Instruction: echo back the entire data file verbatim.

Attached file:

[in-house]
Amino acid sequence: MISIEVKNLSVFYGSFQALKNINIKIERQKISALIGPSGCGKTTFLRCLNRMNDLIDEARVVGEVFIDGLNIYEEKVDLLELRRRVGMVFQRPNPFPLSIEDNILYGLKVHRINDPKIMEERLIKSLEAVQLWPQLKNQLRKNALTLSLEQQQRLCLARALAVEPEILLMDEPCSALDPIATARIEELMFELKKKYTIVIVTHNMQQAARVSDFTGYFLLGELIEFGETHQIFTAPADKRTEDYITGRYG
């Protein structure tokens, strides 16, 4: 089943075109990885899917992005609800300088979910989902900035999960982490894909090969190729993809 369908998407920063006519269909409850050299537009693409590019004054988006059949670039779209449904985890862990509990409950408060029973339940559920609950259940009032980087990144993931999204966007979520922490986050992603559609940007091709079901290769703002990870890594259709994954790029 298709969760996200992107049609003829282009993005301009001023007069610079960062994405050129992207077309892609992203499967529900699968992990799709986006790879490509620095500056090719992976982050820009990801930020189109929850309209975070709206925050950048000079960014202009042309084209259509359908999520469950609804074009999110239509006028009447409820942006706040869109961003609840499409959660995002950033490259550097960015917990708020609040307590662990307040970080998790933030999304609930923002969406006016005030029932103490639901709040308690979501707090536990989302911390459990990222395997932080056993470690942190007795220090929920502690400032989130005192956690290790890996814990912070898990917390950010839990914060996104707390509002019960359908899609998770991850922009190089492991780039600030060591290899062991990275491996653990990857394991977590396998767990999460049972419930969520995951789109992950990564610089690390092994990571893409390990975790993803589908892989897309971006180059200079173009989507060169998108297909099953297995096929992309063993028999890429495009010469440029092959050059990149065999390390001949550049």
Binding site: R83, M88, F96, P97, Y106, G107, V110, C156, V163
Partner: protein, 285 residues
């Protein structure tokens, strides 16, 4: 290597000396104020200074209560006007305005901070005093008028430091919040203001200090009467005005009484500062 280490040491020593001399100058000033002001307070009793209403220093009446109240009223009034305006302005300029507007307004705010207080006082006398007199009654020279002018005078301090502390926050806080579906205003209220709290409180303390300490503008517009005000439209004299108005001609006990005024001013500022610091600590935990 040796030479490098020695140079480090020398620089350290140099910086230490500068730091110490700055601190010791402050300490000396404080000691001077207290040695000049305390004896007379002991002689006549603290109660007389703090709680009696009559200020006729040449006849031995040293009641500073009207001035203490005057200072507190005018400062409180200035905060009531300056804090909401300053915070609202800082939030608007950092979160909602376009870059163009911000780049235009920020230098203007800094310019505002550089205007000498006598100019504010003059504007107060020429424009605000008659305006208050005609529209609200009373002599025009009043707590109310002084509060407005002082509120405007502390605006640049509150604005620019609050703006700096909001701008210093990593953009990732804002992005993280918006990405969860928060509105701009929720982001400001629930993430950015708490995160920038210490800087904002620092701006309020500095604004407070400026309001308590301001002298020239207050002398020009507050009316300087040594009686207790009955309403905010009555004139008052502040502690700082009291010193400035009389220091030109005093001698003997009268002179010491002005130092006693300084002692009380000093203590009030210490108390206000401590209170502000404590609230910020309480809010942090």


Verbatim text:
[in-house]
Amino acid sequence: MISIEVKNLSVFYGSFQALKNINIKIERQKISALIGPSGCGKTTFLRCLNRMNDLIDEARVVGEVFIDGLNIYEEKVDLLELRRRVGMVFQRPNPFPLSIEDNILYGLKVHRINDPKIMEERLIKSLEAVQLWPQLKNQLRKNALTLSLEQQQRLCLARALAVEPEILLMDEPCSALDPIATARIEELMFELKKKYTIVIVTHNMQQAARVSDFTGYFLLGELIEFGETHQIFTAPADKRTEDYITGRYG
């Protein structure tokens, strides 16, 4: 089943075109990885899917992005609800300088979910989902900035999960982490894909090969190729993809 369908998407920063006519269909409850050299537009693409590019004054988006059949670039779209449904985890862990509990409950408060029973339940559920609950259940009032980087990144993931999204966007979520922490986050992603559609940007091709079901290769703002990870890594259709994954790029 298709969760996200992107049609003829282009993005301009001023007069610079960062994405050129992207077309892609992203499967529900699968992990799709986006790879490509620095500056090719992976982050820009990801930020189109929850309209975070709206925050950048000079960014202009042309084209259509359908999520469950609804074009999110239509006028009447409820942006706040869109961003609840499409959660995002950033490259550097960015917990708020609040307590662990307040970080998790933030999304609930923002969406006016005030029932103490639901709040308690979501707090536990989302911390459990990222395997932080056993470690942190007795220090929920502690400032989130005192956690290790890996814990912070898990917390950010839990914060996104707390509002019960359908899609998770991850922009190089492991780039600030060591290899062991990275491996653990990857394991977590396998767990999460049972419930969520995951789109992950990564610089690390092994990571893409390990975790993803589908892989897309971006180059200079173009989507060169998108297909099953297995096929992309063993028999890429495009010469440029092959050059990149065999390390001949550049």
Binding site: R83, M88, F96, P97, Y106, G107, V110, C156, V163
Partner: protein, 285 residues
């Protein structure tokens, strides 16, 4: 290597000396104020200074209560006007305005901070005093008028430091919040203001200090009467005005009484500062 280490040491020593001399100058000033002001307070009793209403220093009446109240009223009034305006302005300029507007307004705010207080006082006398007199009654020279002018005078301090502390926050806080579906205003209220709290409180303390300490503008517009005000439209004299108005001609006990005024001013500022610091600590935990 040796030479490098020695140079480090020398620089350290140099910086230490500068730091110490700055601190010791402050300490000396404080000691001077207290040695000049305390004896007379002991002689006549603290109660007389703090709680009696009559200020006729040449006849031995040293009641500073009207001035203490005057200072507190005018400062409180200035905060009531300056804090909401300053915070609202800082939030608007950092979160909602376009870059163009911000780049235009920020230098203007800094310019505002550089205007000498006598100019504010003059504007107060020429424009605000008659305006208050005609529209609200009373002599025009009043707590109310002084509060407005002082509120405007502390605006640049509150604005620019609050703006700096909001701008210093990593953009990732804002992005993280918006990405969860928060509105701009929720982001400001629930993430950015708490995160920038210490800087904002620092701006309020500095604004407070400026309001308590301001002298020239207050002398020009507050009316300087040594009686207790009955309403905010009555004139008052502040502690700082009291010193400035009389220091030109005093001698003997009268002179010491002005130092006693300084002692009380000093203590009030210490108390206000401590209170502000404590609230910020309480809010942090």